Player Evaluation: Iiro Tarkki – June 30th, 2011

Goaltender Iiro Tarkki waits to get on the ice at the Anaheim Ducks conditioning camp scrimmage at Anaheim Ice

Iiro Tarkki, G

At the end of the 2010-2011 NHL season, the Anaheim Ducks signed Finnish free agent Iiro Tarkki to a one-year entry-level contract.  Playing for the Espoo Blues in the SM-liiga, not much was known about the undrafted netminder.  At the conditioning camp scrimmage, The Anaheim Ducks Report got a great look at the new goalie.

Read on for our full analysis and some video…

Last year with the Espoo Blues, Tarkki had an even 20-20 record in 55 games played.  He had an impressive 5 shutouts and an outstanding 2.09 GAA.  His impressive play continued into the playoffs with three more shutouts in just 18 games.  Tarkki finished the playoffs with a 2.19 GAA as the Blues lost in the finals.

At 26 years old, Tarkki is much older than his conditioning camp counterparts John Gibson (17) and Igor Bobkov (20).  However, Tarkki is three years younger than Jonas Hiller and can still be considered a very young goaltender with plenty of experience in the Finnish junior and elite leagues.

One of the most notable things about Tarkki is his relaxed stature in the crease.  This was by no means a negative, as he never appeared inattentive.  Rather, he looked comfortable in net and exuded confidence.

Like Gibson, Tarkki stands at 6’3″ but plays a much different style.  While Gibson is much more stiff and technical, Tarkki is loose and relaxed.  His stance is narrower and his whole body is very compact, preventing pucks from squeezing through any holes.  Tarkki has quick feet and a very fast glove, so even though he plays a more compact style, he can explode outwards to cover the net.

Ice hockey goalie Iiro Tarkki stands in the crease watching play at the other end of the ice.

Tarkki has a very relaxed style, but remains incredibly focused.

The most impressive trait about Tarkki is his focus.  Don’t be fooled by his relaxed style.  Whenever the puck comes into his zone, Tarkki sets himself by tapping his gloves together.  Why is this important?  It’s just a small mannerism that keeps the goalie in the zone.  Mannerisms give goalies a physical reaction that their bodies automatically do to pull their minds back into focus before they wander off.  Read more about the mind of a goalie in this terrific article written by our friends at The Goalie Guild.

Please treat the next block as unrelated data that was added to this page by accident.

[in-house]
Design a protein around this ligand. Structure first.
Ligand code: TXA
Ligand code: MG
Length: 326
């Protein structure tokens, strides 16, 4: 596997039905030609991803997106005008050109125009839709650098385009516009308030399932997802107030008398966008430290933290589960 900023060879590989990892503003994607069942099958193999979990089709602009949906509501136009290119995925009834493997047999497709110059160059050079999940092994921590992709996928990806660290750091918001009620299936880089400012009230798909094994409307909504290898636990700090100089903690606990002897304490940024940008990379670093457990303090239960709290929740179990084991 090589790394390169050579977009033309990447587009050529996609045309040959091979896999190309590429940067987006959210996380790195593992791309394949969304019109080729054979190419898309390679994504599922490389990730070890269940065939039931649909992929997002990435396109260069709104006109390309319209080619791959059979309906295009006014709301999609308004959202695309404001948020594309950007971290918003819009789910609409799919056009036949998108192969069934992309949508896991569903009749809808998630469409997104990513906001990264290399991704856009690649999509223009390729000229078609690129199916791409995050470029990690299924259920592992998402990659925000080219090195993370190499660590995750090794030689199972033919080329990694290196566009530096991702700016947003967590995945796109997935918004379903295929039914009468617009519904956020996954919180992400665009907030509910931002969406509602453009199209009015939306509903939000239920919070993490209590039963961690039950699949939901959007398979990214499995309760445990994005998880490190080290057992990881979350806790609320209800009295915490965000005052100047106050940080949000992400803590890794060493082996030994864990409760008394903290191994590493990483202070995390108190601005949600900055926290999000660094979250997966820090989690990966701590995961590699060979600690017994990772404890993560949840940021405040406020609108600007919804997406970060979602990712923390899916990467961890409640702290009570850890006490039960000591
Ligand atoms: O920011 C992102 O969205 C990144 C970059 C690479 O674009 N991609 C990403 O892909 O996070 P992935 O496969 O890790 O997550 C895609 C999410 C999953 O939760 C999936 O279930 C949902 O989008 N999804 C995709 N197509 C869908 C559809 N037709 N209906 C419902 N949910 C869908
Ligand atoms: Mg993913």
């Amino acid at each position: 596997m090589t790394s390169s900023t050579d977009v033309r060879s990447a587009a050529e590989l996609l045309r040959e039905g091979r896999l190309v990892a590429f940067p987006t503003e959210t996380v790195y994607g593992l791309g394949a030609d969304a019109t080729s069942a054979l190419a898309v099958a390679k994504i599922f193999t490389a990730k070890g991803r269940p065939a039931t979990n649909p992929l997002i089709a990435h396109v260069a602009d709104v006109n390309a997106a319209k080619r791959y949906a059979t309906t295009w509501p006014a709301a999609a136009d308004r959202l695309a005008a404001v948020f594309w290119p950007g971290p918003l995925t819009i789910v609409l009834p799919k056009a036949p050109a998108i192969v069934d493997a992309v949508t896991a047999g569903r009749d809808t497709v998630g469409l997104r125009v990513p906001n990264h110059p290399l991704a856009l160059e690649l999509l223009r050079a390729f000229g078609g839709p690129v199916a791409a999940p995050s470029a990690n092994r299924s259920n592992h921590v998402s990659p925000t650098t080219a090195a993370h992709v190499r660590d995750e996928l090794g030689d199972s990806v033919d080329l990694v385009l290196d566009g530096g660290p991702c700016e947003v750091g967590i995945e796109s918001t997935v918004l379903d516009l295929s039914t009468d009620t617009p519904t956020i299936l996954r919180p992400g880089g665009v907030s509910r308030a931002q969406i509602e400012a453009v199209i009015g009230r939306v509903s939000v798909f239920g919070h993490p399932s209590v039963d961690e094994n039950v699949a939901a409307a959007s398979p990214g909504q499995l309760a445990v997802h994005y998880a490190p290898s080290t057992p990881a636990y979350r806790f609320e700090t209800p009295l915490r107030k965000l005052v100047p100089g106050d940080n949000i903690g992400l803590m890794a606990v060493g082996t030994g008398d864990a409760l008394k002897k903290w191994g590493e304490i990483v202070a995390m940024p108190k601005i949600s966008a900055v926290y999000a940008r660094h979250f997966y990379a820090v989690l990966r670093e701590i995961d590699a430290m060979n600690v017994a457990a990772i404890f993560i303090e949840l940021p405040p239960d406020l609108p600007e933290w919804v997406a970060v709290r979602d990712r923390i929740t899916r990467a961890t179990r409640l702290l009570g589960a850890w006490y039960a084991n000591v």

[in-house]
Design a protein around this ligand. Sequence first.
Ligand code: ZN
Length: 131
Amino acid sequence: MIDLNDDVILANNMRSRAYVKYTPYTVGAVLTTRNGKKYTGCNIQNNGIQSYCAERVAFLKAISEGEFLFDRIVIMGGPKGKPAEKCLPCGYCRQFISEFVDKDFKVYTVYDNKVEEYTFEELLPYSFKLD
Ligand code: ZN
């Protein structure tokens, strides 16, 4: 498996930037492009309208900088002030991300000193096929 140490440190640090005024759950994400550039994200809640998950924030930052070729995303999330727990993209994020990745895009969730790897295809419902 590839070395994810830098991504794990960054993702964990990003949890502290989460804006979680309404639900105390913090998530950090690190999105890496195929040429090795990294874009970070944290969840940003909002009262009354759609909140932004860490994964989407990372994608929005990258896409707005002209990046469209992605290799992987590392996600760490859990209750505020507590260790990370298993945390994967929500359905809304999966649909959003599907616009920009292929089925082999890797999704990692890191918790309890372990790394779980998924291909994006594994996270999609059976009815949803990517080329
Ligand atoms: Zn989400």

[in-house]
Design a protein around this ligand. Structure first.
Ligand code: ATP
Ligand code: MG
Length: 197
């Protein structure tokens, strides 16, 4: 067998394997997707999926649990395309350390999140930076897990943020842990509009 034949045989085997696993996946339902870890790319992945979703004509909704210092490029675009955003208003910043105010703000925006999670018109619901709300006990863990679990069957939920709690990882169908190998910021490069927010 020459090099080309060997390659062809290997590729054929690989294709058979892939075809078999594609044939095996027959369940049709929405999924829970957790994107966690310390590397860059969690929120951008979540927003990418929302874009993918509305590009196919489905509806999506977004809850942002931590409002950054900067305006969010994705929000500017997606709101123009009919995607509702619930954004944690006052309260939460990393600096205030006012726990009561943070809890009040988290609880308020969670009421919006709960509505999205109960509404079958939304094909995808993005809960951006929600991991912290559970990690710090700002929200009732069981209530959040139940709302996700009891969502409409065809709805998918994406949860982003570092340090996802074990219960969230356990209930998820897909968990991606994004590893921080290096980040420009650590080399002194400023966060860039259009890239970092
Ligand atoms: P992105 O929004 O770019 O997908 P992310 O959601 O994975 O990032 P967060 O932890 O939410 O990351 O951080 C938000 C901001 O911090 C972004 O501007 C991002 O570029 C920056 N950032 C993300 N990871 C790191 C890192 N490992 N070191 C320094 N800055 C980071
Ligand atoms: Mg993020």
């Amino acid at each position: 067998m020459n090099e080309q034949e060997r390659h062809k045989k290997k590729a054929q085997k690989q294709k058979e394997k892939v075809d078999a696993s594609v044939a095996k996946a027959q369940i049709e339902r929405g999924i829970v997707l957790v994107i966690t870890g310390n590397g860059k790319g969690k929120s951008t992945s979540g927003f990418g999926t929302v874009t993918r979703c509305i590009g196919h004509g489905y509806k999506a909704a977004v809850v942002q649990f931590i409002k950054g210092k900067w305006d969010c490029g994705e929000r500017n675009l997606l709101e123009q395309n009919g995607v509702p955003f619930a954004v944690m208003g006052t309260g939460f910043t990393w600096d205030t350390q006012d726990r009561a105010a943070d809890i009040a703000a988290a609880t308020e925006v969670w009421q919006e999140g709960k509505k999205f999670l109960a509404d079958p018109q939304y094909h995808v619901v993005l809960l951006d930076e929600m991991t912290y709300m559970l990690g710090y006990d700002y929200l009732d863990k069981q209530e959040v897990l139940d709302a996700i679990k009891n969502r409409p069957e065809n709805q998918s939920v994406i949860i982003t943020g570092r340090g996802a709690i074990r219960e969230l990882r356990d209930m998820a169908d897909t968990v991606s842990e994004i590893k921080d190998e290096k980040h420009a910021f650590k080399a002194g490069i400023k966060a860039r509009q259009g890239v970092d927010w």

Tarkki displayed an excellent ability to track the puck around traffic.  Whether he is on his feet or on his knees, he finds a way to look around bodies and locate the puck and make the stop.  With his quick feet, Tarkki is able to move swiftly around his crease using short, fast shuffles to adjust his positioning.   He also stands further out, often making saves outside of the blue paint.

His aggressive positioning also translates into his stick work, as he showed that he is not afraid to play the puck.  Tarkki used both full, diving poke checks (as seen in the video below) and half poke checks to keep pucks away from the crease.  He was also quick to leave the net to confidently move the puck to his defensemen.

In a very wide-open 4-on-4 scrimmage, Tarkki faced a number of breakaways and was up to the task.  He had great patience and impressed with his abilities in 1-on-1 situations.

The young Finnish goaltender was tasked with backstopping the younger, less-experienced White Team in the scrimmage and eventually conceded a 6-8 loss to the older Black Team.

There is a lot to like about Iiro Tarkki, and it will be interesting to see where he plays next year and beyond.  Much is up in the air as he only has a one-year contract.  With Jonas Hiller and Dan Ellis under contract for 2011-2012, signs point to Tarkki heading to the AHL.  With his age, experience, and confident demeanor, he could be an excellent mentor for the Ducks’ younger goaltending prospects.

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One Comments

  • [...] Tarkki, however, is still in a positive situation. His RFA status could open the door for him to be re-signed, thus a potential suitor for Jonas Hiller’s new backup (Dan Ellis will be an UFA) next summer. But his short-term value has been slightly reduced, as he’ll now be paired with the talented Deslauriers, as opposed to an inexperienced and blossoming Pielmeier. He’s no longer the clear-cut #3 for the Ducks. [...]

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